I have a palm-grip random-orbit sander that I’ve used for many years on household projects that could not be planed because they were too big, such as 16’-long runs of base moulding nailed to a wall, or weren’t designed for handplaning, such as plywood that is covered in paper-thin veneer.
A couple years ago, the pad on the sander disintegrated as I was sanding some paint on a moulding. I shrugged my shoulders, put the sander away and finished the job with a sanding block.
Until this week, I’d almost forgotten that I owned a broken sander.
Then I started planing the “roey” mahogany grain on the drawer fronts of this Campaign chest I’m building. What’s roey grain? It’s a figure in the wood that is caused by repeated cycles of spiral growth in a tree that reverse left and then right, according to Bruce Hoadley’s “Understanding Wood.”
Here’s how I visualize it: Spiral grain is where the fibers of the wood spiral up the tree, like the stripes on a barber pole. Spiral grain is bad enough when it occurs in a mild domestic tree. The result is the grain will run one way on one side of the board’s cathedral and the other way on the other side of the cathedral.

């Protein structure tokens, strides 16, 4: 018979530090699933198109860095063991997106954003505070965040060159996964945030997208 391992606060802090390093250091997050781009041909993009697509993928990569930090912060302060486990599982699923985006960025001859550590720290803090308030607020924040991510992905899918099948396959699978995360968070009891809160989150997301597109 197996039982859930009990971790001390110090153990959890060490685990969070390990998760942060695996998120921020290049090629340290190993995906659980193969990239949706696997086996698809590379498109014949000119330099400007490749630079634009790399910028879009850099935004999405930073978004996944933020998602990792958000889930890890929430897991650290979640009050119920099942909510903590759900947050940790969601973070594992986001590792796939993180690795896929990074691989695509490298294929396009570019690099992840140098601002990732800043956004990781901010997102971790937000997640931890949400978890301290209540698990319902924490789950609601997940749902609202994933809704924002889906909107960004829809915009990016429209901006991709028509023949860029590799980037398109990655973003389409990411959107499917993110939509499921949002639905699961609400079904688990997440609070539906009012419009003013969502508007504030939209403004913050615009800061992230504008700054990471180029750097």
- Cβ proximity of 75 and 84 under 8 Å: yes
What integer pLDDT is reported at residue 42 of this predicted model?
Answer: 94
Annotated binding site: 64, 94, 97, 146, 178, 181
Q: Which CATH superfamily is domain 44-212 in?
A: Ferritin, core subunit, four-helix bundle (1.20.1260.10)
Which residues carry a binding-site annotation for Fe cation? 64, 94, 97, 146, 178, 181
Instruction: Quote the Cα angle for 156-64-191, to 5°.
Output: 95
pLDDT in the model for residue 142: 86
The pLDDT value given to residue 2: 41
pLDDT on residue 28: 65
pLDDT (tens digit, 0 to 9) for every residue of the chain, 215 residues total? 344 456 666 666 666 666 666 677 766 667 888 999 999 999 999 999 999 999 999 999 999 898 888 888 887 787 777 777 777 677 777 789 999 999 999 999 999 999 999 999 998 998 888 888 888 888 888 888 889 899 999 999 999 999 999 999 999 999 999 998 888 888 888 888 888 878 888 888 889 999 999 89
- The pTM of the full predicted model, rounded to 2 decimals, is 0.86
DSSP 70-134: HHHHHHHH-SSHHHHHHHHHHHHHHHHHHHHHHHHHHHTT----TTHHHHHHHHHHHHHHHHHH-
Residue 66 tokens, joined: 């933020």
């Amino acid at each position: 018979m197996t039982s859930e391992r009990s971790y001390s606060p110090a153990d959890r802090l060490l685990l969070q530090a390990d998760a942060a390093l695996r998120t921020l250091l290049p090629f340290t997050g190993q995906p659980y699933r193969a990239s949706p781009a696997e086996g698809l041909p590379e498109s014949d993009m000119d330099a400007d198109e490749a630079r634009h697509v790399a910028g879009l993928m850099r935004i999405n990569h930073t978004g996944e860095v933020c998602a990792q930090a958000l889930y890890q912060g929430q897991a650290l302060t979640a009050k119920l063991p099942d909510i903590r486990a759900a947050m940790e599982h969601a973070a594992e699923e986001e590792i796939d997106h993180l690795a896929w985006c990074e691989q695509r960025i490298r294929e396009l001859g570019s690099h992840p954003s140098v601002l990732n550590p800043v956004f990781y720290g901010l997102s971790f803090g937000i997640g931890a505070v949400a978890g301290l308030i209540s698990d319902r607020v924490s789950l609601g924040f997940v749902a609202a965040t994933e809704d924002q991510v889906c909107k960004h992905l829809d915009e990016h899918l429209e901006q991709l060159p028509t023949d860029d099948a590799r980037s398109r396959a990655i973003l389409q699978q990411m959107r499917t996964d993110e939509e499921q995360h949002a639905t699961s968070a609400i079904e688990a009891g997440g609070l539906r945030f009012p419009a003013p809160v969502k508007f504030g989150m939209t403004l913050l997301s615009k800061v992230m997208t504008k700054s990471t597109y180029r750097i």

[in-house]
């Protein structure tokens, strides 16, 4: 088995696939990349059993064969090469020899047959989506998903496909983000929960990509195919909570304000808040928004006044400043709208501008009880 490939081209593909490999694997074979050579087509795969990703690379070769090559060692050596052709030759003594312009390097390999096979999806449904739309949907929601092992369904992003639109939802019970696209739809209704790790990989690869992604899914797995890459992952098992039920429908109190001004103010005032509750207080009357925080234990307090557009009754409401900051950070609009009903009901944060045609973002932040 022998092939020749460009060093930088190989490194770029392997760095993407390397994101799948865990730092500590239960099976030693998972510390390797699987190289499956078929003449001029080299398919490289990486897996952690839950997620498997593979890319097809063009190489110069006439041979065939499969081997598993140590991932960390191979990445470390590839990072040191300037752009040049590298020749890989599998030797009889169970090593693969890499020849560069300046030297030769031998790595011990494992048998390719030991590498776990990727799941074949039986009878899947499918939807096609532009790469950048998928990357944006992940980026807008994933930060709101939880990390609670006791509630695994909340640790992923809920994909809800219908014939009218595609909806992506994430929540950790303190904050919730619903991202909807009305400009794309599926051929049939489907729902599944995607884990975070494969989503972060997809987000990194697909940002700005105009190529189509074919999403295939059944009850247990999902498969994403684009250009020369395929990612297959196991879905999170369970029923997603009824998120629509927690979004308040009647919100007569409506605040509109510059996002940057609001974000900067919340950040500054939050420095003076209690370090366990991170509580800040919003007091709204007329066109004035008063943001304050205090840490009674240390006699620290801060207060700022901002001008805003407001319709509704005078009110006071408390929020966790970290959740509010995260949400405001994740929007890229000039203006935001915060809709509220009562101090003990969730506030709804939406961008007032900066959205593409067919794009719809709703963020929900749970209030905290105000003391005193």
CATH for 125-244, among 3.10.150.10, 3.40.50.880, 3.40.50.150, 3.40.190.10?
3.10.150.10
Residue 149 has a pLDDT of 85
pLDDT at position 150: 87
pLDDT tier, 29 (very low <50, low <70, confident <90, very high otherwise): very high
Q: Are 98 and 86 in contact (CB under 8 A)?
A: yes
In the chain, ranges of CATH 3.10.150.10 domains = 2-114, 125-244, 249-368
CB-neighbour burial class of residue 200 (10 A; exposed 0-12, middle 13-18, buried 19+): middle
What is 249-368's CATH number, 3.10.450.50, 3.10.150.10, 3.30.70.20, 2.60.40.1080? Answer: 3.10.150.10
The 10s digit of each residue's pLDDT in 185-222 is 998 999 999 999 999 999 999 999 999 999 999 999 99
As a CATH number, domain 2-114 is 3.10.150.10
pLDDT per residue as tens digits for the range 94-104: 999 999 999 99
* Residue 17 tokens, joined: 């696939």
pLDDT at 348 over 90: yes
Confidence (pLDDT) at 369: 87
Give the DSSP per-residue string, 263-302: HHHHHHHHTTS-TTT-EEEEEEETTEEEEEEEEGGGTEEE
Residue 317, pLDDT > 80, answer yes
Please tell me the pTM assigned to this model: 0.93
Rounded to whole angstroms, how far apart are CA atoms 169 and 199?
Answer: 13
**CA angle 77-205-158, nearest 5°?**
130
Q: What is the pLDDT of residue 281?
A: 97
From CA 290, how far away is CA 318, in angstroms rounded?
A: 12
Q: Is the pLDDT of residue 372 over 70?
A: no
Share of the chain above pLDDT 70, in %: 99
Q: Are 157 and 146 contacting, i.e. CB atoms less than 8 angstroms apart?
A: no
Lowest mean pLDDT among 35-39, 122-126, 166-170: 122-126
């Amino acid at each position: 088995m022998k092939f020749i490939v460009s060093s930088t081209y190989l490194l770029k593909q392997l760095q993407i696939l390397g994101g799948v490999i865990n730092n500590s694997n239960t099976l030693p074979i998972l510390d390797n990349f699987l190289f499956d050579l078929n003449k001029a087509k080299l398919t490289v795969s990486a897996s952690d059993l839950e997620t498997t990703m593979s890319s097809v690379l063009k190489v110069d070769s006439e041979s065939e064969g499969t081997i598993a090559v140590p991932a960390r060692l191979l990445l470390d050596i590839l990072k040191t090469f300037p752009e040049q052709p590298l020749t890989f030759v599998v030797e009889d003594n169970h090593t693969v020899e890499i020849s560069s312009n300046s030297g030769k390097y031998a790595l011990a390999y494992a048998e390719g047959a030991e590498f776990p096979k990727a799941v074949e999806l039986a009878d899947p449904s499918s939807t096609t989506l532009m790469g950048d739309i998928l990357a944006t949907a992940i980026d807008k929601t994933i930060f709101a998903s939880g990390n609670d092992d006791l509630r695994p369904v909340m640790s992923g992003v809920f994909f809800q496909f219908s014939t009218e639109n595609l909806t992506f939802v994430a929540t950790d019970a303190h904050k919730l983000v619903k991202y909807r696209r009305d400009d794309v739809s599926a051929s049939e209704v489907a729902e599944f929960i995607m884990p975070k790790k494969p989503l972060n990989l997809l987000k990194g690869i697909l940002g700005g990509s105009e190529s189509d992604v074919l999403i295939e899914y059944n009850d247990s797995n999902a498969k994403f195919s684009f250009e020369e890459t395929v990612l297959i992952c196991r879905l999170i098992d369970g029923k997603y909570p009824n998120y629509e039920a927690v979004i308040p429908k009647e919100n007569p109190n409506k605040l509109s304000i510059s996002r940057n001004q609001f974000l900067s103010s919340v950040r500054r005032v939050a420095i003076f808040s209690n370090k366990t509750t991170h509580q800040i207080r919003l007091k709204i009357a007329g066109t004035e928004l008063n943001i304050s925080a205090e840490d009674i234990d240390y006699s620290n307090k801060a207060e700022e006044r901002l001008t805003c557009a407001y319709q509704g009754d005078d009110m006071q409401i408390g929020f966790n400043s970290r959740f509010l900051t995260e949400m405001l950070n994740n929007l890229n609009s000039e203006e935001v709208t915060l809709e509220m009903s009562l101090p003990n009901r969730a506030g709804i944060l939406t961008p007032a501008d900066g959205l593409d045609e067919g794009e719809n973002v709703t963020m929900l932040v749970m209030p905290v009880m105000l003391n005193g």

Roey grain is a whole circle of hell worse. In a tree with a bad case of roe, the grain wraps around the tree clockwise for a year, then wraps around counter clockwise the next, back and forth.
The result is that the wood has an attractive striped figure when light reflects off it. It also makes the wood difficult to handplane. It makes you remember broken sanders and – after a couple beers – order a replacement pad for your sander.
My replacement pad came yesterday. I installed it on the sander and then put the little blue beastie back in its deep drawer. Why? The handplane of last resort.
I think every woodworker has a tool that was meant for him or her. It could be a junker, an infill or something between. But it is the plane that doesn’t let you down. For me, that plane is a little infill smoother I purchased from Wayne Anderson in 2006.
As far as I know I’ve never measured the bedding angle of the iron or the throat opening. The angle is kinda high and the mouth is kinda tight. It is a small tool, about the same size as a block plane, and it fits my hands like it was made for me.
But most of all, I cannot remember this plane letting me down. It always seems to be able to plane curly, roey, interlocked, whatever grain. Why? Was it anointed with the balms of forbidden trees? Did Wayne sell his sole/soul to the devil? Don’t know. But I keep its iron sharp and trot it out when I get backed into a corner.
Sleep tight little sander. This is not your day.
— Christopher Schwarz
For a detailed discussion of tear-out and its remedies, see our book “Handplane Essentials,” which covers it in detail. It also discusses infills — their realities and myths. The book is available in ShopWoodworking.com.